2. Hallel is the psalms of prayers that form part of the service on Passover, Shavuot, Sukkot, Chanukah, and Rosh Chodesh. Nowadays they are recited in many congregations on Israel Independence Day and the day of the liberation of Jerusalem as well. Hallel is associated with miraculous events. Back


The First Zionist Activity in Stawiski

by Moshe Goelman of blessed memory

(Impressions and incidents from childhood)

{This Hebrew chapter is equivalent with the following Yiddish chapter – page 167.}

        Stawiski was considered to be a town of Misnagdim [1] . Nevertheless, there were several Hassidim there, but their numbers weren't enough for a Minyan [2] . On Simchat Torah, for example, when the Hassidim would gather in a private home for the reading of the Torah and a Kiddush [3] in order to enjoy a Hassidic atmosphere, they would have to invite one or two lads to complete the Minyan. I don't remember exactly how many Hassidim there were in Stawiski, but in accordance with the word about the town, there were eight and a half. Who was the half? A Hassid who was unable to decide to which Admor he belonged: to Gur or Aleksander. Therefore, he was called a half Hassid.

        Since most of the residents of Stawiski were Misnagdim, Jewish life in the town was dry. It lacked the Hassidic enthusiasm and effervescence. People were very strict about the observance of the commandments, both the easy and difficult ones, and they watched very carefully to ensure that the youth would not stumble in sin. I remember, for example, that during the youth groups, they would tell the following story (I am stating at the outset that I cannot take responsibility for its veracity). The forest on the road to Lomza was a vorst [4] or more far from town, that is to say, father than the Sabbath limit [5] , which was 2,000 cubits. During the summer, the youth used to go on Sabbath afternoons for walks in the forest. When Reb Peretz the teacher found out of this, he would walk along the street up to the Sabbath limit, and make the walkers return. Nevertheless, the youth, who did not want to forego their Sabbath enjoyment, bypassed the street and went to the forest via the fields, in order to avoid meeting Reb Peretz. What did Reb Peretz do? He went and prepared an “Eruv Techumim” every Friday, in order to render permissible the walking to the forest on the Sabbath [6] .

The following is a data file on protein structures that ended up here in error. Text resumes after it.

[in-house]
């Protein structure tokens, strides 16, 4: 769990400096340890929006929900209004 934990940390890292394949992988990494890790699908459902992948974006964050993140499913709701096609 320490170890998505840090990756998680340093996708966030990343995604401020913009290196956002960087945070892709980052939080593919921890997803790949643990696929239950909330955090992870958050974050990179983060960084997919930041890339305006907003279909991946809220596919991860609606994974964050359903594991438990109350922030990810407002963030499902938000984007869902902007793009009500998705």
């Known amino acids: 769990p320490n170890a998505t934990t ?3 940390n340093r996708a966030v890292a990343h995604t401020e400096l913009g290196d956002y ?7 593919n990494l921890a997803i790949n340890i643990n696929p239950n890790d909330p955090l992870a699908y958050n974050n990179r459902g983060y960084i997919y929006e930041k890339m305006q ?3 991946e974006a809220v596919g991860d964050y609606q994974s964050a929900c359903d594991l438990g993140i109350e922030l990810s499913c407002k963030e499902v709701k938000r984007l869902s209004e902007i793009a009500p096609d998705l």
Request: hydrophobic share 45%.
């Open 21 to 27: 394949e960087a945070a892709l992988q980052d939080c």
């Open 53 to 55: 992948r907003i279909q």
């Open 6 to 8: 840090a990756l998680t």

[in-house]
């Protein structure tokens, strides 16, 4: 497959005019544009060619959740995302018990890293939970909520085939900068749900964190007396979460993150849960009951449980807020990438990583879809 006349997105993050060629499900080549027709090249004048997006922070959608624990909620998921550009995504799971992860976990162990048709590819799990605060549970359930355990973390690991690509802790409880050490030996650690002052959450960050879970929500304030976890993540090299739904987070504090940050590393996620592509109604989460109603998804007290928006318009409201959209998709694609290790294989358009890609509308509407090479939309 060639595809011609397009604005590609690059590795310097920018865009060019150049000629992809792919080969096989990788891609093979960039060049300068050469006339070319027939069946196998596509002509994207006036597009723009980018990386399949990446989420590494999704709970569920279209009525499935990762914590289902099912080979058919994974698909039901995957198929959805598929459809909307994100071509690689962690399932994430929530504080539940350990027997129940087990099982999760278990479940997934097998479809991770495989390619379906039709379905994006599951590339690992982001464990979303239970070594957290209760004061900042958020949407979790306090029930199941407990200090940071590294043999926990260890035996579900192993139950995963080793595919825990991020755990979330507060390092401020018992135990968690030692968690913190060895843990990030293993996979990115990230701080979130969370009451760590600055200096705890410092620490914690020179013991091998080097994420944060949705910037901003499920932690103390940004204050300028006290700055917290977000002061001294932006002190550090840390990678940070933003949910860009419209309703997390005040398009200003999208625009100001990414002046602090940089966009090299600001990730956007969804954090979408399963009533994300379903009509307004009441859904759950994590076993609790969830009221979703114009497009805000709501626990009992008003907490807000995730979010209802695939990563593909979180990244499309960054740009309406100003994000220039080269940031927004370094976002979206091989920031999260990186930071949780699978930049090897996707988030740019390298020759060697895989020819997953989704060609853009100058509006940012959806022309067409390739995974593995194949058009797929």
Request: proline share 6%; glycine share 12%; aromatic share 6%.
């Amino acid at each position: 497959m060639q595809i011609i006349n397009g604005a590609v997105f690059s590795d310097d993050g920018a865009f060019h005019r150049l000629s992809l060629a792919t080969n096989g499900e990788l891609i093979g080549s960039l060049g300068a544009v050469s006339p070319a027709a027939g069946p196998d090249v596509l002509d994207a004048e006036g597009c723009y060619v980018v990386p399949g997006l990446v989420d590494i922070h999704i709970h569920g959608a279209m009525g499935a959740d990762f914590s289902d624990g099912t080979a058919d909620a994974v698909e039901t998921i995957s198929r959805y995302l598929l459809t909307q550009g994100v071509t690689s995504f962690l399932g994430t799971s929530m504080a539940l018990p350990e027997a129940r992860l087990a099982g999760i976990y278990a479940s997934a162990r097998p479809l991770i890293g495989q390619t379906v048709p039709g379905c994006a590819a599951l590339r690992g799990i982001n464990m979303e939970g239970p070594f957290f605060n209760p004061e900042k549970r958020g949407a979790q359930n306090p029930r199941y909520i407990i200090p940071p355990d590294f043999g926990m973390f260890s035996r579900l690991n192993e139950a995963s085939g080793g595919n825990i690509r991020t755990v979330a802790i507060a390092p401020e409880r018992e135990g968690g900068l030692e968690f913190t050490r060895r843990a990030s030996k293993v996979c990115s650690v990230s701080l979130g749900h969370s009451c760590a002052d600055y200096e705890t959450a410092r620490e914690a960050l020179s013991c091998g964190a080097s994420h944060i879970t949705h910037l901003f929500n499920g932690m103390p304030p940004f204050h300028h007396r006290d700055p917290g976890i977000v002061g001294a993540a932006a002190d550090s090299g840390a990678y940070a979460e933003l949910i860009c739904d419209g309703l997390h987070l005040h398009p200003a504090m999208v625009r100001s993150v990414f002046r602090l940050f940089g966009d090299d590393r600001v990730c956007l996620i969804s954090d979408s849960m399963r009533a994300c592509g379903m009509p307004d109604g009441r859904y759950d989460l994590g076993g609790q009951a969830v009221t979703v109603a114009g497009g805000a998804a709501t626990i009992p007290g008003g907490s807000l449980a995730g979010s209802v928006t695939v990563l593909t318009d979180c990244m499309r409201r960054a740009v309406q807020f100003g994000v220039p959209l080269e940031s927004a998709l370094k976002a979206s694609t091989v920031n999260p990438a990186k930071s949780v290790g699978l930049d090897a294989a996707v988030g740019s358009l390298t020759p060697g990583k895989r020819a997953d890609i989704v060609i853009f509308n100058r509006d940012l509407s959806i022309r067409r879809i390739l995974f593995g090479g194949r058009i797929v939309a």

Our town had great and renowned scholars. I met two of them by chance. This was on the intermediate days of Sukkot 5683 (1922) when they sat in a hotel in Grodno and investigated Rabbi Reuven Kac of blessed memory, to determine if he is fitting to occupy the rabbinical seat of Stawiski. These two scholars were Reb Meir Kac and Reb Shabtai Frydman of blessed memory.

        There were joyous occasions in our town, joy in mitzvot, when the singing of prayers and hymns would take place. However, the joy was restrained. As far as I remember, even on Simchat Torah in the large Beis Midrash, they would not dance with the Torah scrolls during the processions. Enthusiasm never broke out of its bounds, even after a cup of drink. They would sing songs between the processions [7] , particularly at the conclusion of the seventh circuit, with the accompaniment of Reb Mordechai the carpenter, a strong baritone, who led the Shacharit (morning) services on the High Holy Days and on other festivals. However, as stated, the joy was restrained, in the manner of Misnagdim.

Chevrat Kass [8]

        There was a small Beis Midrash in Stawiski, which had a different atmosphere. It was not strictly Hassidic, but it was full of vitality and enthusiasm. This small Beis Midrash was the locale of the Kass (Keniat Sefarim) organization. From the name “Purchase of Books”, the different spirit of this Beis Midrash can be discerned. The walls of this Beis Midrash were filled with books. There were books on the shelves, and there were books in the closets on the eastern wall. I do not know the year that this small Beis Midrash was founded, or who were its founders, but I remember who worshipped there during my youth. The entire Chawa family worshipped there, that is to say Itza Chawes and his son Shebsel Chawes (Frydman), Abba Heler, Shachna Witkowski, Rubinsztejn, the Bramzons, the Liberman brothers (one of them was appointed as the rabbi), Michael the medic (Hirszfeld), the Szymonowicz, Chaim Binyamin Kotton, the three brothers Reb Yeshayahu, Reb Moshe and Reb Nissan Ladelski, and others.